After lunch, I headed off to see a slightly-off-topic presentation on XML and Internationalization by Yahoo!’s own Sander van Zoest.
van Zoest began discussing Unicode overall, covered the UTF variants such as UTF-8, and BOM (Byte Order Marks). Moving into XML itself, he gave an overview of the intended use of the xml:lang tag and the ISO-639-2 language codes and ISO-3166 country codes.
XML also supports Numerical Character References such as € for the EURO SIGN (€). These may be expressed in hex (&#xHHHH;) or decimal (&#DDDD;) and always contain the Unicode code point value (regardless of which UTF scheme the document is encoded in). NCRs can be handy when you need to represent a the character does not exist in the document’s encoding scheme, but can’t be used in element or attribute names, or in CDATA and PIs.
The presentation gave examples of how to do character set transformations using XSLT, Perl 5.8, and Java.
We got the usual pitch to use tags with semantic value such as <important> instead of <b> and to use sytlesheets to do presentation instead of cluttering up the markup.
van Zoest failed to mention the perennial question on this subject: why the heck does “i18n” stand for “internationalization”? The answer is that there are 18 letters between the beginning “i” and ending “n” in the word “internationalization”.
I went to the talk on Apache 2.0 Filters by Greg Ames. I already knew a little bit about the Apache 2.0 Filtered I/O model from a session at the O’Reilly Open Source conference, but since I’m going to sit down and write one Real Soon Now, I oughta learn a little more about ’em.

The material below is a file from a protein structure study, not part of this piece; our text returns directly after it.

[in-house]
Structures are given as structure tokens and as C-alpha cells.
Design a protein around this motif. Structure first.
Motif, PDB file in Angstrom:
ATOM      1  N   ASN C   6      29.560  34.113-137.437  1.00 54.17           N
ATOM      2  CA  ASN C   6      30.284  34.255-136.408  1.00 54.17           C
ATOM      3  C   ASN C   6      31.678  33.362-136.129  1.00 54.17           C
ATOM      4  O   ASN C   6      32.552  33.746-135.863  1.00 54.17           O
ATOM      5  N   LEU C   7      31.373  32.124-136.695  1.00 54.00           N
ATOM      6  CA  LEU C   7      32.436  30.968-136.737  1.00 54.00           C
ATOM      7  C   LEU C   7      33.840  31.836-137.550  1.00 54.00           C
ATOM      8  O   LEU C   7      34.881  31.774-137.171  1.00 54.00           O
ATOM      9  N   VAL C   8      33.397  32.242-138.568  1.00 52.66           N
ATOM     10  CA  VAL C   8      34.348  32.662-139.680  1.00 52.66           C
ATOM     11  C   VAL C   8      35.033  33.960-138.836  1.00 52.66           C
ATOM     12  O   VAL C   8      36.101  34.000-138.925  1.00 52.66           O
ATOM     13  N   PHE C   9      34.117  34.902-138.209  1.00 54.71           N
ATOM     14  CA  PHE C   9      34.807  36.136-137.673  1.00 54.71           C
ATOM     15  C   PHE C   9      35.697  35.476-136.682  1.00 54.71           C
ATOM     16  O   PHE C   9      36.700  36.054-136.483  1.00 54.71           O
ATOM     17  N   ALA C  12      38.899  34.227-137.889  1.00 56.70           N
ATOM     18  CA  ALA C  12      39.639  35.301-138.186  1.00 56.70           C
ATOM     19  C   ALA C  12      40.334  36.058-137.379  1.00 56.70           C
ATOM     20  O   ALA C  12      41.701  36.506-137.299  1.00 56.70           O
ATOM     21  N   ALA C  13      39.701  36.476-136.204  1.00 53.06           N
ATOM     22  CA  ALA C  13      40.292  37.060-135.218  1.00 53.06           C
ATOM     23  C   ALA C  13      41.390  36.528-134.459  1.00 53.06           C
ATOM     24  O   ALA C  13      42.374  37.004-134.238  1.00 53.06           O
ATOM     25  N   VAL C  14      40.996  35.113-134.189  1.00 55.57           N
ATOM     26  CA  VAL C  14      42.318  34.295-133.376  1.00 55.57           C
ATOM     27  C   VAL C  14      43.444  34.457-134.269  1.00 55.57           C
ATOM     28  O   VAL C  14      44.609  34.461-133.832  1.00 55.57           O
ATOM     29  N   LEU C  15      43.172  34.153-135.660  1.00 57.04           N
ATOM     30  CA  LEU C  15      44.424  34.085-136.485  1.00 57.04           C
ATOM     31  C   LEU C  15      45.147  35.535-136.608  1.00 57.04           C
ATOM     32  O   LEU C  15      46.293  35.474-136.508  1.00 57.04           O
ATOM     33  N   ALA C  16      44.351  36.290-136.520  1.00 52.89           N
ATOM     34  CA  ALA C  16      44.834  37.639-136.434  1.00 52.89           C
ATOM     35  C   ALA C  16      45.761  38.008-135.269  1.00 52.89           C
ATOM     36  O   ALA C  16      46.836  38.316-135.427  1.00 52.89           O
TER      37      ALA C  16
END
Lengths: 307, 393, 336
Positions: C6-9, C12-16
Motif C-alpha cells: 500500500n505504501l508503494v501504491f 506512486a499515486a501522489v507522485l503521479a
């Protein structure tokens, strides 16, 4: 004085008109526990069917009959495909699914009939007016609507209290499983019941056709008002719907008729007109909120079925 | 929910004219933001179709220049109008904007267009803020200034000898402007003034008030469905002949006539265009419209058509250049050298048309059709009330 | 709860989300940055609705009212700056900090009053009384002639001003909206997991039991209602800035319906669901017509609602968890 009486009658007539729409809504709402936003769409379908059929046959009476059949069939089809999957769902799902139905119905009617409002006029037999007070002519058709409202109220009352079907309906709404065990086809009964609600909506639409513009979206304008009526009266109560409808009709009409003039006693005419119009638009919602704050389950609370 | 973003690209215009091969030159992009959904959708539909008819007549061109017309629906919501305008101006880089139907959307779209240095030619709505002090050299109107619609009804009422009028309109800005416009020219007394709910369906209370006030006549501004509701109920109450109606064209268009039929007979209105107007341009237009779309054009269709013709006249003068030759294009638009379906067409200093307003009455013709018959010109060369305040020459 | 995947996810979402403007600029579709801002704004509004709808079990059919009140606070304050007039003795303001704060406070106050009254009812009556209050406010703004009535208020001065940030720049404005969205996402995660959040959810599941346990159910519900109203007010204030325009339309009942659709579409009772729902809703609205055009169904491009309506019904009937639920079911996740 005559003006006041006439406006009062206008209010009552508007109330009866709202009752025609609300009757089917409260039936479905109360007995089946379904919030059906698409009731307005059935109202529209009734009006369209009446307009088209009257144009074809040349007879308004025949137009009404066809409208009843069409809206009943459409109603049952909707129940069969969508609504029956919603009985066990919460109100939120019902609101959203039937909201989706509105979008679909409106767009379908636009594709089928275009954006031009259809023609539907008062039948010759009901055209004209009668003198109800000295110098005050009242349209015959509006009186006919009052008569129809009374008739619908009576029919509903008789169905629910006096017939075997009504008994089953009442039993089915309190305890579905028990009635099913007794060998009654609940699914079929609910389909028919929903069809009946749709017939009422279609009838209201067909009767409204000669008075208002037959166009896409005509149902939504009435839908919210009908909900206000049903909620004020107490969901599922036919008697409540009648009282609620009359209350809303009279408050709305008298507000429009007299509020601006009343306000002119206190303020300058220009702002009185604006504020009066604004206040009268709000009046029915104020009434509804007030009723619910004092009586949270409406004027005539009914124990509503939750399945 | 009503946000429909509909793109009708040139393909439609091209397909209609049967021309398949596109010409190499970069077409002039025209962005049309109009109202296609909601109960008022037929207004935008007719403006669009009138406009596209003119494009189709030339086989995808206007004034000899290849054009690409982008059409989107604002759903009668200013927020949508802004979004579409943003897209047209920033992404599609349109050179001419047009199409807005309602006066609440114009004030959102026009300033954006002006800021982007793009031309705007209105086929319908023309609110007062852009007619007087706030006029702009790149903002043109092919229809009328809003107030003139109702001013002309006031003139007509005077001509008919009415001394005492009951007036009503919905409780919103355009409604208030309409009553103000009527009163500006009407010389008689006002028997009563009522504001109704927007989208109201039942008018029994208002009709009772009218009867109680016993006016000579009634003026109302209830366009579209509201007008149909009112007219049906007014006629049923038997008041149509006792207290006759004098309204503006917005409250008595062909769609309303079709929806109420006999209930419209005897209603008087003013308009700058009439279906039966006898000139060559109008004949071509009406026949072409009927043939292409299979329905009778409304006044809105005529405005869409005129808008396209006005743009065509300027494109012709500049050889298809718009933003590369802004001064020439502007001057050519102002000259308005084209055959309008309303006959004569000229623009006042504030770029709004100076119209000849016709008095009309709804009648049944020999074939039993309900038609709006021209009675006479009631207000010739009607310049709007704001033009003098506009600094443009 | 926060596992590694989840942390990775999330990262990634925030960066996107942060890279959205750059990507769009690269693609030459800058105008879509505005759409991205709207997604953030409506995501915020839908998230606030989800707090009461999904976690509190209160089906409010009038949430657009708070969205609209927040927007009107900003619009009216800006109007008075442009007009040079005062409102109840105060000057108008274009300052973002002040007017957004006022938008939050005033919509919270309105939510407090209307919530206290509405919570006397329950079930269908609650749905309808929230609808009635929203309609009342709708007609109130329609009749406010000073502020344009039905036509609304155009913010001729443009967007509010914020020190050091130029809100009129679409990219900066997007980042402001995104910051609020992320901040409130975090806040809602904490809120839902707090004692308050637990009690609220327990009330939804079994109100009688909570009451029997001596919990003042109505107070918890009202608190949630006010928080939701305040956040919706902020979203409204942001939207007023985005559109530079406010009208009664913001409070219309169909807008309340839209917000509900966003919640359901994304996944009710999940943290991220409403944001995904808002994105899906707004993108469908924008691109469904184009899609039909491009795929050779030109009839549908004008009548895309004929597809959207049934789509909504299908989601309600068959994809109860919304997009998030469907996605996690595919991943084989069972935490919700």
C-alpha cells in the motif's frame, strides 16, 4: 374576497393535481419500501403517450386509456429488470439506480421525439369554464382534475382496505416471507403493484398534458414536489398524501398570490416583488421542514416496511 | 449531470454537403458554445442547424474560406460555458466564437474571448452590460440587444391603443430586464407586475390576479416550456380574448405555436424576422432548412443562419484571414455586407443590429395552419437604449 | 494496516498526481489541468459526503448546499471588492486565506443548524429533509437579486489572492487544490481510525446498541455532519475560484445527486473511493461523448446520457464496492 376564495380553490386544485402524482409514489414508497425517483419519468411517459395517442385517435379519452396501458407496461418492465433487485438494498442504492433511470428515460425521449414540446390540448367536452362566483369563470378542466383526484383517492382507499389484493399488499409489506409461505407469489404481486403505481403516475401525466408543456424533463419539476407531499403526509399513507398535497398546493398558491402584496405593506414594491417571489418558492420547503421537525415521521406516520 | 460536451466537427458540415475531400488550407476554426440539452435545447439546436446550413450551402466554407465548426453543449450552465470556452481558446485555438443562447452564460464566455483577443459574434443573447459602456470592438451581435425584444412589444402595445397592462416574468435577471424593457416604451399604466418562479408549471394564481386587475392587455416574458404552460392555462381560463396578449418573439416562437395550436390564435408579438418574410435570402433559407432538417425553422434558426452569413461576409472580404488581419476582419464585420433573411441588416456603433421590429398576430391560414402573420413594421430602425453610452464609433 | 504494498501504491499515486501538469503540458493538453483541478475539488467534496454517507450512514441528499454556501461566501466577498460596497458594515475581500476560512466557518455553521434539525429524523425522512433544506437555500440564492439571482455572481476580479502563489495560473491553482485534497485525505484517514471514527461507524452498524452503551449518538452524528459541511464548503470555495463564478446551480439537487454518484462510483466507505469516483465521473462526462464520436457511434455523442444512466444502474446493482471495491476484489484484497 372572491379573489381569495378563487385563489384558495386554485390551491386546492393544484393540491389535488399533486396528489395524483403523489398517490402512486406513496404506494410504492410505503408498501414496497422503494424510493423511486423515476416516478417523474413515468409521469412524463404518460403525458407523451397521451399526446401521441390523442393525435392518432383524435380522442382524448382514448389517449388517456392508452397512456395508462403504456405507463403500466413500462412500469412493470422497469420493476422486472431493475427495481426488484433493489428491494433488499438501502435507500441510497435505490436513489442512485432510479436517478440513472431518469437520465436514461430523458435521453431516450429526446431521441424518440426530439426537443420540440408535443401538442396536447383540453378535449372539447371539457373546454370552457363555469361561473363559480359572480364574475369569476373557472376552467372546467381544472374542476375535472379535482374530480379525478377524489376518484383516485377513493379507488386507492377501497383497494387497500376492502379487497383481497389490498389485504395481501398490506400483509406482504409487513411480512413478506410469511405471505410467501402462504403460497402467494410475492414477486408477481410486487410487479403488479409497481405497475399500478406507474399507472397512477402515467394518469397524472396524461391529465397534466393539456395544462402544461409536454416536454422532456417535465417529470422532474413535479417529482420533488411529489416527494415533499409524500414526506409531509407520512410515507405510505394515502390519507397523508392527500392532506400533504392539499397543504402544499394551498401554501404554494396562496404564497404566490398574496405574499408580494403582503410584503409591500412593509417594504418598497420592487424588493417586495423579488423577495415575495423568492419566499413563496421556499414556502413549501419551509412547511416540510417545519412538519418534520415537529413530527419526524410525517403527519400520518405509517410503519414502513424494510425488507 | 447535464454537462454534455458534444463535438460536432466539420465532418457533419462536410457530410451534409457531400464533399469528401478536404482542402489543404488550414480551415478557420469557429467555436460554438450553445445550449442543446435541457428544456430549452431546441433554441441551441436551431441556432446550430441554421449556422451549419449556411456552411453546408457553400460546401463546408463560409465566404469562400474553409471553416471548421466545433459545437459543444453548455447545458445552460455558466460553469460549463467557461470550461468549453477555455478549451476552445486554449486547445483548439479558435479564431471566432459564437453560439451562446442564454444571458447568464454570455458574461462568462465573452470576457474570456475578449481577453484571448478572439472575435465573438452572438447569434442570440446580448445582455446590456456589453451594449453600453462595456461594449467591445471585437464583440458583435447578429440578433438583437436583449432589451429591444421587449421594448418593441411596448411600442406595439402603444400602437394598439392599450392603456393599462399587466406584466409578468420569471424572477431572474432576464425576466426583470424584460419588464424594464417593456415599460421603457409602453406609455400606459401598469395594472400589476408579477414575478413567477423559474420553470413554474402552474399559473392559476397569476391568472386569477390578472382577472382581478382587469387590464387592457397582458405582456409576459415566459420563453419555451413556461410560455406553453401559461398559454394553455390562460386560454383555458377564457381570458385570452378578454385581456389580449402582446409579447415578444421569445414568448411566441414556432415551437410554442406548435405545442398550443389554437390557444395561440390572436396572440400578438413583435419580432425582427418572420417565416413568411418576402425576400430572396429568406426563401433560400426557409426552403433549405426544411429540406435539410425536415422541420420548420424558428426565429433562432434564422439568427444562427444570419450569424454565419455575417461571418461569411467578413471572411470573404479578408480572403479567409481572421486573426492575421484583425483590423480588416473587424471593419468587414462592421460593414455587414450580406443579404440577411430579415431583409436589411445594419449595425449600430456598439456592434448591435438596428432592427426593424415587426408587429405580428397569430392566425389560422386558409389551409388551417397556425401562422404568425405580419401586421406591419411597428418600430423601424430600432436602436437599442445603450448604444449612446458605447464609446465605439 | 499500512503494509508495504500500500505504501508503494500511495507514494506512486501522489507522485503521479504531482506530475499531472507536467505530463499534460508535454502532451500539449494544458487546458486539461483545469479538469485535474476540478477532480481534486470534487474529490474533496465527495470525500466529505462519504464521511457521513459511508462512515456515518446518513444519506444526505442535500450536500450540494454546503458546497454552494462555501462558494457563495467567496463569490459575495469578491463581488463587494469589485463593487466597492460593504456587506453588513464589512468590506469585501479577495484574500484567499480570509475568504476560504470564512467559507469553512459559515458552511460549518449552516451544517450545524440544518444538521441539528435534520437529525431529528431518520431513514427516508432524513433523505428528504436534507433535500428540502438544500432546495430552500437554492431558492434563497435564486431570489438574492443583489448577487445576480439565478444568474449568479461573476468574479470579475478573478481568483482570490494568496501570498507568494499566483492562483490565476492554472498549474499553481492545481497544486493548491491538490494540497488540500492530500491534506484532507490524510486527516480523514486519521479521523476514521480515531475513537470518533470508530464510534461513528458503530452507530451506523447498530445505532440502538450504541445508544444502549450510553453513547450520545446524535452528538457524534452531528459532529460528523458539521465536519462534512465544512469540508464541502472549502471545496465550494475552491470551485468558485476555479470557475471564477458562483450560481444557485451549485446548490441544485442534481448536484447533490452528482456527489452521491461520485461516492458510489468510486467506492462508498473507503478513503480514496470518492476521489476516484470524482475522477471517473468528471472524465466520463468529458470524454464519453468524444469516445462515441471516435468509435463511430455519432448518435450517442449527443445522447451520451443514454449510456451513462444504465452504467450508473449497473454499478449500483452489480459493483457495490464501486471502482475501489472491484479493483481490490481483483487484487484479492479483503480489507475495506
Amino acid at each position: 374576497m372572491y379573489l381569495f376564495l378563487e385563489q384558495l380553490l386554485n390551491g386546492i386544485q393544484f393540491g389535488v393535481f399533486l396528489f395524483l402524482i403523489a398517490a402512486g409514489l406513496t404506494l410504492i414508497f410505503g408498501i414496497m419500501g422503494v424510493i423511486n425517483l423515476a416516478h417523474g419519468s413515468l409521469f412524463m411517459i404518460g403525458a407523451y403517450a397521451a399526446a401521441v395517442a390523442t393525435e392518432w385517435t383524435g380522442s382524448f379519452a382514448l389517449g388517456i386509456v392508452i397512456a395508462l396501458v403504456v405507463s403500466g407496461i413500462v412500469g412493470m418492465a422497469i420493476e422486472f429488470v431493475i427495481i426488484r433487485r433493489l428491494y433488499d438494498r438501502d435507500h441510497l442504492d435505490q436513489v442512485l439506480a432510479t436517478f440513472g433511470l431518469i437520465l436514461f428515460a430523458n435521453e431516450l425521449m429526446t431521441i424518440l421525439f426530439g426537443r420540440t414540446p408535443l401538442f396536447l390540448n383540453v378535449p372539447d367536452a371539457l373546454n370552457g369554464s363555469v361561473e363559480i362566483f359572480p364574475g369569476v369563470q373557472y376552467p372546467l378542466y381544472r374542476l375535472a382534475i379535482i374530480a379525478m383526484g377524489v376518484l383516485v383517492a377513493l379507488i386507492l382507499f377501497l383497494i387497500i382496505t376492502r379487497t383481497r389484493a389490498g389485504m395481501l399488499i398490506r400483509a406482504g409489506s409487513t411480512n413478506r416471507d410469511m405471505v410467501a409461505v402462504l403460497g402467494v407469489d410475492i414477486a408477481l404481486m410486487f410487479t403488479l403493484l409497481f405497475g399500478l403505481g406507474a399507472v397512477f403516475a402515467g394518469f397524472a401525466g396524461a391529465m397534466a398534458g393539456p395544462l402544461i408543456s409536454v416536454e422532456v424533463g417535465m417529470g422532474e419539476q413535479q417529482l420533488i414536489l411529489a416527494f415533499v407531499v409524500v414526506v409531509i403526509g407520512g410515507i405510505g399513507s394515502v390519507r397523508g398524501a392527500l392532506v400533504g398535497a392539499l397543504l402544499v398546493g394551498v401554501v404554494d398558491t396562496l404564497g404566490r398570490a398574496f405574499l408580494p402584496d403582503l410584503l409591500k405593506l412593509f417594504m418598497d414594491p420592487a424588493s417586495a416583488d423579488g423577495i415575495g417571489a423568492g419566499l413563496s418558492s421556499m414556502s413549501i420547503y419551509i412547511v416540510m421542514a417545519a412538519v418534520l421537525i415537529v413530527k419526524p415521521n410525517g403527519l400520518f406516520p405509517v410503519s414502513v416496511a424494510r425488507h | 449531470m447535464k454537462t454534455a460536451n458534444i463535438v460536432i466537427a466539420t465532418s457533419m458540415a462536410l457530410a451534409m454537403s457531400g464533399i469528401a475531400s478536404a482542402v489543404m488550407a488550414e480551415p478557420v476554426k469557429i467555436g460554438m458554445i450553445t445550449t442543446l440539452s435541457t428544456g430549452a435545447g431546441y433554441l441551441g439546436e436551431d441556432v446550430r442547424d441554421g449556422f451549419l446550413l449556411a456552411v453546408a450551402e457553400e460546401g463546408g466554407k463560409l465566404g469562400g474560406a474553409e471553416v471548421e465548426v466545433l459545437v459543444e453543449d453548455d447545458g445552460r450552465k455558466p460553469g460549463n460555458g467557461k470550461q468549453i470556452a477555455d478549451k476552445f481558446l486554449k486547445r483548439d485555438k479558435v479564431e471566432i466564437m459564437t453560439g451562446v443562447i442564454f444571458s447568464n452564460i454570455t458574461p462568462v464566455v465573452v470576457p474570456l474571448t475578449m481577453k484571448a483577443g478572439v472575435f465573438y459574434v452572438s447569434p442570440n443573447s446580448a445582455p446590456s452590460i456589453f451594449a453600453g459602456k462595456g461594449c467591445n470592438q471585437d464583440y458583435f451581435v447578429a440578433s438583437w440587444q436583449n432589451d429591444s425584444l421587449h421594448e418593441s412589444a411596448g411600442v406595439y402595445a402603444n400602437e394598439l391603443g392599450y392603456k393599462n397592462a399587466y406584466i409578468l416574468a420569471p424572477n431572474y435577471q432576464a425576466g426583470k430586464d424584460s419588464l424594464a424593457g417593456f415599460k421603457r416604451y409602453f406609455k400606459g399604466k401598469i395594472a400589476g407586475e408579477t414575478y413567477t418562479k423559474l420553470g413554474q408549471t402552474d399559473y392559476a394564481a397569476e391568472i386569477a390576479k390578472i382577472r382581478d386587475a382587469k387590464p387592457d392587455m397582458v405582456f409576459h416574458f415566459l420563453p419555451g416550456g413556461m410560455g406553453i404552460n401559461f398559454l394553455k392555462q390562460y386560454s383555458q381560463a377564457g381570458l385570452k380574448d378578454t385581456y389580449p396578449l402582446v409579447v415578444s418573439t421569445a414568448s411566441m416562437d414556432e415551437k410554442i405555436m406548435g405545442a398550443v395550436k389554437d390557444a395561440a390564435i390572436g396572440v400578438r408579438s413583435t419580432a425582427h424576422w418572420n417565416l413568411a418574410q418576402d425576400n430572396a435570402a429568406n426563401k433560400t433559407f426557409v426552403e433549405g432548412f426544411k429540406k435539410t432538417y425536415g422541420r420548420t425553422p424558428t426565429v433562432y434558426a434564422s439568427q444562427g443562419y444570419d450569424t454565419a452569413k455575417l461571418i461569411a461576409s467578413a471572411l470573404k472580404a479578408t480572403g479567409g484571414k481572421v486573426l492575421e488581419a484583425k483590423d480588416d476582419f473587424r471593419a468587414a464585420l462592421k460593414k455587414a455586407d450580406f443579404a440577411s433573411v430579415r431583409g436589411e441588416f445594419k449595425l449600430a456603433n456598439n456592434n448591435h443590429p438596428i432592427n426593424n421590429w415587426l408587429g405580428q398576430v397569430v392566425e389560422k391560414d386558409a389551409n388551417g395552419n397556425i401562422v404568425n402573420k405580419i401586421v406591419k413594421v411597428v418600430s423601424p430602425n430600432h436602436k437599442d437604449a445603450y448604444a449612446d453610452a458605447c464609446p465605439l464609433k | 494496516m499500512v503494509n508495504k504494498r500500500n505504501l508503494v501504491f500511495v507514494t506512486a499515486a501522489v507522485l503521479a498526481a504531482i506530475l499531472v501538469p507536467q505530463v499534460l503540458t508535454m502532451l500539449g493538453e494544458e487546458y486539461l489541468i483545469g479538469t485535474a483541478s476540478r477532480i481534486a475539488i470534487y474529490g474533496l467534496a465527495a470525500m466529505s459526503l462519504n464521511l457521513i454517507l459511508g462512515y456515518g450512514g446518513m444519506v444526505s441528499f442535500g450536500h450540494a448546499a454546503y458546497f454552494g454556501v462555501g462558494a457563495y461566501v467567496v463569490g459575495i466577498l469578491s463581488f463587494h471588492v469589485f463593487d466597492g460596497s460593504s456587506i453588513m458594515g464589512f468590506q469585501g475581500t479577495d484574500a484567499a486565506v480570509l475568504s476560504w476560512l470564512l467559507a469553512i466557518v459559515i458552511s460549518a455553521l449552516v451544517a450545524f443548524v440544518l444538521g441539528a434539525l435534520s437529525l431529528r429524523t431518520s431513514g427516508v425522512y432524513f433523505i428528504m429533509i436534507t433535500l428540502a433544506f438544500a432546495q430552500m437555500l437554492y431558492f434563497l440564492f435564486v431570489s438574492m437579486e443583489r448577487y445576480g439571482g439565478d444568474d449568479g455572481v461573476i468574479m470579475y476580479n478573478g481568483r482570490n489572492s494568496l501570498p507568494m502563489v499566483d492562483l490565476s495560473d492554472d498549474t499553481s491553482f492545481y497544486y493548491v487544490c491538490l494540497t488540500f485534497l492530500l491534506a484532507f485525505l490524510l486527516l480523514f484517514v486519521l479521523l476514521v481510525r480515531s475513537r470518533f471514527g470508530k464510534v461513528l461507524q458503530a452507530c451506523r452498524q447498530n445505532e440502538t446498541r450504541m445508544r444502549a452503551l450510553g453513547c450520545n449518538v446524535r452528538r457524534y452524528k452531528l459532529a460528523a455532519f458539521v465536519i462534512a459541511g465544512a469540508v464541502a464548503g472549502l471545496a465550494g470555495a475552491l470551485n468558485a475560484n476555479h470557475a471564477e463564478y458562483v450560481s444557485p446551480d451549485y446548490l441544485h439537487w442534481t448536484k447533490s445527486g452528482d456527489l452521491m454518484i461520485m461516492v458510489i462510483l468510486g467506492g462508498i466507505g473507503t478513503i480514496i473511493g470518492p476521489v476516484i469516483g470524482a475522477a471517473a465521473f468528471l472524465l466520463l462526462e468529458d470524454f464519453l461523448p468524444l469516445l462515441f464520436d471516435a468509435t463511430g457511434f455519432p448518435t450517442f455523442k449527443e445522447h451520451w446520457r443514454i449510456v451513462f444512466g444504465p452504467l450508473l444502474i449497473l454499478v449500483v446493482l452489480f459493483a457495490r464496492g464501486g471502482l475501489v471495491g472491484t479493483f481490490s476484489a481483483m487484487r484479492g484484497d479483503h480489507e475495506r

Ames gave an example of the bucket brigade API by showing snippets of the mod_case_filter code. Looks pretty elegant and simple.
He then went into details about why the naive approach fails miserably from a performance perspective, and showed some examples of how to do a filter the Right Way. It turns out that this is really complex.
Aside from all sorts of error conditions, there are lots of things to worry about with resource management. Do you allocate too much virtual memory? How often do you flush? Looks like you need to regularly flip between blocking and non-blocking I/O to do this right.
Filters that need to examine every single byte of the input (such as things that parse HTML or other tags) are even more complicated because you need to allocate private memory when a tag spans more than one bucket. Bleh. My mod_highlight_filter idea is going to be difficult to implement.
Ames then talked about the mod_ext_filter module from the Apache Directive perspective. I would’ve rather seen some slides about the implementation of this rather complex filter, but perhaps that would have been too technical for the audience.
He also discussed some tricks about how to debug Apache more easily with gdb and using 2 Listen statements (as a way to avoid starting with the -X option), and some useful gdb macros for your ~/.gdbinit file which make examining the bucket brigade easier. Cool tips. I guess I misjudged the technical level here; he probably skipped the implementation of mod_ext_filter because it would’ve taken too much time.
Tim O’Reilly gave this morning’s keynote address. (Actually, what’s bizarre is that he’s actually giving the keynote address right now and I’m blogging via an 802.11b WLAN.)